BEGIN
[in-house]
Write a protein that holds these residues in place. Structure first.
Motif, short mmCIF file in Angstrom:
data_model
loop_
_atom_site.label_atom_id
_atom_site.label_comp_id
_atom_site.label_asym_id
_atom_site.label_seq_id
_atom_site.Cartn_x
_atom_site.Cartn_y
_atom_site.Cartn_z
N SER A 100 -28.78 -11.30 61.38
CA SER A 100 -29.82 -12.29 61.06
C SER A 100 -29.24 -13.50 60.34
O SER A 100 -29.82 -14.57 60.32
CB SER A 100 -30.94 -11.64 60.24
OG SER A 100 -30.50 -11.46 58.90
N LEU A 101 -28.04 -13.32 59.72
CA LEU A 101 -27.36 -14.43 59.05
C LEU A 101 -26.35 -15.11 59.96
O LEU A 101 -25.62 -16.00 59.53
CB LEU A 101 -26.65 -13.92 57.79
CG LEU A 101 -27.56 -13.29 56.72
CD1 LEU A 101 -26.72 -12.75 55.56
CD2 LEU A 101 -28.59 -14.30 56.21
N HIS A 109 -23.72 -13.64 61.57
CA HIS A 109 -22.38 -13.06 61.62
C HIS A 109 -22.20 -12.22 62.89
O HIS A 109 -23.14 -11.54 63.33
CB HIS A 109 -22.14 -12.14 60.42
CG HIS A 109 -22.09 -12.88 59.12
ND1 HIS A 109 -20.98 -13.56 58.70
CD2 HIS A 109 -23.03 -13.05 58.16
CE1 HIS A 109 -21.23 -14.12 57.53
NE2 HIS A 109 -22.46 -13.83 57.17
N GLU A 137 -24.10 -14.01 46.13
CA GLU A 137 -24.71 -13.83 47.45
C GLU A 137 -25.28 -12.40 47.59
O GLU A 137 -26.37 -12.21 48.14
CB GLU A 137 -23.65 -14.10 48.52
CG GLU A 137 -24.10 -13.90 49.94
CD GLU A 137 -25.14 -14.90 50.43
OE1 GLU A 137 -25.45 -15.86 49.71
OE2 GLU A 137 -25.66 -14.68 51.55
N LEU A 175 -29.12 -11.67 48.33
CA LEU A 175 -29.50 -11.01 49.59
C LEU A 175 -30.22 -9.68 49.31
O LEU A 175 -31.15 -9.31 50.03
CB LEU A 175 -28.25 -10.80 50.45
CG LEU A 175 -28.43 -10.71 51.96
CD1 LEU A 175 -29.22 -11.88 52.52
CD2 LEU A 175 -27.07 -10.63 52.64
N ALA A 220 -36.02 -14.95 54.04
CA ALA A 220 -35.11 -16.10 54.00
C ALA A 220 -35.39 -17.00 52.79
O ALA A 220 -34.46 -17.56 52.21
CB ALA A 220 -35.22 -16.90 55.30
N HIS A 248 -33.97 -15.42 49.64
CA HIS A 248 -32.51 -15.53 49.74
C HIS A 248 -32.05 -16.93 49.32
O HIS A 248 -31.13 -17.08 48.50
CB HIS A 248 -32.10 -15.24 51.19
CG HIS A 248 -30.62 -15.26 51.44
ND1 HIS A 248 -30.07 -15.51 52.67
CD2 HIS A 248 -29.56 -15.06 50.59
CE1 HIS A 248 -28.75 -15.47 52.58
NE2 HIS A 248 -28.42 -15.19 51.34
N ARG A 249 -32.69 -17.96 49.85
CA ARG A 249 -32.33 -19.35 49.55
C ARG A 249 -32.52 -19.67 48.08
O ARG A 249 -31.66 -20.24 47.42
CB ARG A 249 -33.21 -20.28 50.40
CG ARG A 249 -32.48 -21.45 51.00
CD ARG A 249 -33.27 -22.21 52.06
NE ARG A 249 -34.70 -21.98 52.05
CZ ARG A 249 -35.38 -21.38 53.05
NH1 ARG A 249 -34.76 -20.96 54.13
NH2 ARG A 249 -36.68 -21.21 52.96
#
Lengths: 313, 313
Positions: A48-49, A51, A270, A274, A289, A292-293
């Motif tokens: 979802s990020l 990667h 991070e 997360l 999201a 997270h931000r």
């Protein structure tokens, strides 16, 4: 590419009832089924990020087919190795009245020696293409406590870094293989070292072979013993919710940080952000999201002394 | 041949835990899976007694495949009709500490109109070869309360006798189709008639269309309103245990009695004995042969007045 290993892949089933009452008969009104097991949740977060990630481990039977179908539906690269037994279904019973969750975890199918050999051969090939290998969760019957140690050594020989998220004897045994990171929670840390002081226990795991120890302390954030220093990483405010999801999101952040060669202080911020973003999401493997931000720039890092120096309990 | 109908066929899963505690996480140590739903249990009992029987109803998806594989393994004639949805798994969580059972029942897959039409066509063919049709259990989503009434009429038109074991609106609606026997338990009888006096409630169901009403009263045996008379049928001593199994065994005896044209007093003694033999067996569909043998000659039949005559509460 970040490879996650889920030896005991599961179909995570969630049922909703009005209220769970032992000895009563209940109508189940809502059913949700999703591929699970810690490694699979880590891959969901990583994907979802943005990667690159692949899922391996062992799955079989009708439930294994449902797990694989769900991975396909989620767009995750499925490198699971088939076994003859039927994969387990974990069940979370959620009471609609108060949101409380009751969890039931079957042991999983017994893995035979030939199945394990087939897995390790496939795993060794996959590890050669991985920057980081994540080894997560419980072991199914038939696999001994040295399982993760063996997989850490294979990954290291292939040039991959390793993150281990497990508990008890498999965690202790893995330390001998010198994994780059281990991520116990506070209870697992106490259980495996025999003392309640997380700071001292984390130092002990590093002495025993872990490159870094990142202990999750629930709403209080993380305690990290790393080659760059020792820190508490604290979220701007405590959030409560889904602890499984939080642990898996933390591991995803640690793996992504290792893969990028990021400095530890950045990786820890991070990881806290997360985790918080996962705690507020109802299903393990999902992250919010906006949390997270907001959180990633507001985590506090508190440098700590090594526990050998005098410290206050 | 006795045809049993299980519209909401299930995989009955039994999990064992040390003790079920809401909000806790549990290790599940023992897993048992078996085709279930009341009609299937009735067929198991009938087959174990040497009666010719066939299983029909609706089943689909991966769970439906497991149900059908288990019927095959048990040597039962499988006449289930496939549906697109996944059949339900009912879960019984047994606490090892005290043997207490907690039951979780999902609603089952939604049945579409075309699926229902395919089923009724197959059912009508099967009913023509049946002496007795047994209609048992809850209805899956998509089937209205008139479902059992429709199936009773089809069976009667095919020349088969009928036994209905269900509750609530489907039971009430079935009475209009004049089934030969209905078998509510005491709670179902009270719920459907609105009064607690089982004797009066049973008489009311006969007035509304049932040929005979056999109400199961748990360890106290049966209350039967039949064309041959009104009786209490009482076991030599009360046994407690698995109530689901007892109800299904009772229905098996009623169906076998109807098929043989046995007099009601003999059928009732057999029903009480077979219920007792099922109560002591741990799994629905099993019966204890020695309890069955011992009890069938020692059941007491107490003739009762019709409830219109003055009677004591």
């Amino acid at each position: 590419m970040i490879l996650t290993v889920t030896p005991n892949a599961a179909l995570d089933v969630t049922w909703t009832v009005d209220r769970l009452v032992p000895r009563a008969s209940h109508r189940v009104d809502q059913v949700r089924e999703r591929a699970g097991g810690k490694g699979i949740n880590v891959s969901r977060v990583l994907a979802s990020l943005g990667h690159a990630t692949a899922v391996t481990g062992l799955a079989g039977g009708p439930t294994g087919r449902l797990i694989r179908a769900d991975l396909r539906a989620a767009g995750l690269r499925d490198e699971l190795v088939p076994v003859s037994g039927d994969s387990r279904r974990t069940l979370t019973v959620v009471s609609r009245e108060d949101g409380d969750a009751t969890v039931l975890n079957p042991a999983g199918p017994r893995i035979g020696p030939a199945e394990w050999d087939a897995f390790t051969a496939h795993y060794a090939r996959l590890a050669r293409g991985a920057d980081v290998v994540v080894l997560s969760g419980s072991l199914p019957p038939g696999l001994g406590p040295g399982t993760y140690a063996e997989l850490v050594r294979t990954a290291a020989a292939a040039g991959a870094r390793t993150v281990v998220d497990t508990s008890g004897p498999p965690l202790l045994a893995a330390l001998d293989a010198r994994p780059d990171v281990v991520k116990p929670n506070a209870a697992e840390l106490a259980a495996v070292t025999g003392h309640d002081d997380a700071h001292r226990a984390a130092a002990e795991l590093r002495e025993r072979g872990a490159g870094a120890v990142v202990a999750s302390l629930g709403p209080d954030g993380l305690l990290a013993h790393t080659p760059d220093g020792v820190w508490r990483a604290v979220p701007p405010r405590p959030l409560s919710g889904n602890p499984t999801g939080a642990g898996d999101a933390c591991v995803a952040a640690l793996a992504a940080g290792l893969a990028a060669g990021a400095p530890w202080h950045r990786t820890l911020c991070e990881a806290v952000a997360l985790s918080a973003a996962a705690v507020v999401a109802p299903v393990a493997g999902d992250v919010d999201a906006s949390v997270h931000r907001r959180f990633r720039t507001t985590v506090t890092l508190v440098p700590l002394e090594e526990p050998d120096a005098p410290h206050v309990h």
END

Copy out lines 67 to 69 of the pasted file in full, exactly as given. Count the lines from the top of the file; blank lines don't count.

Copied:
CE1 HIS A 248 -28.75 -15.47 52.58
NE2 HIS A 248 -28.42 -15.19 51.34
N ARG A 249 -32.69 -17.96 49.85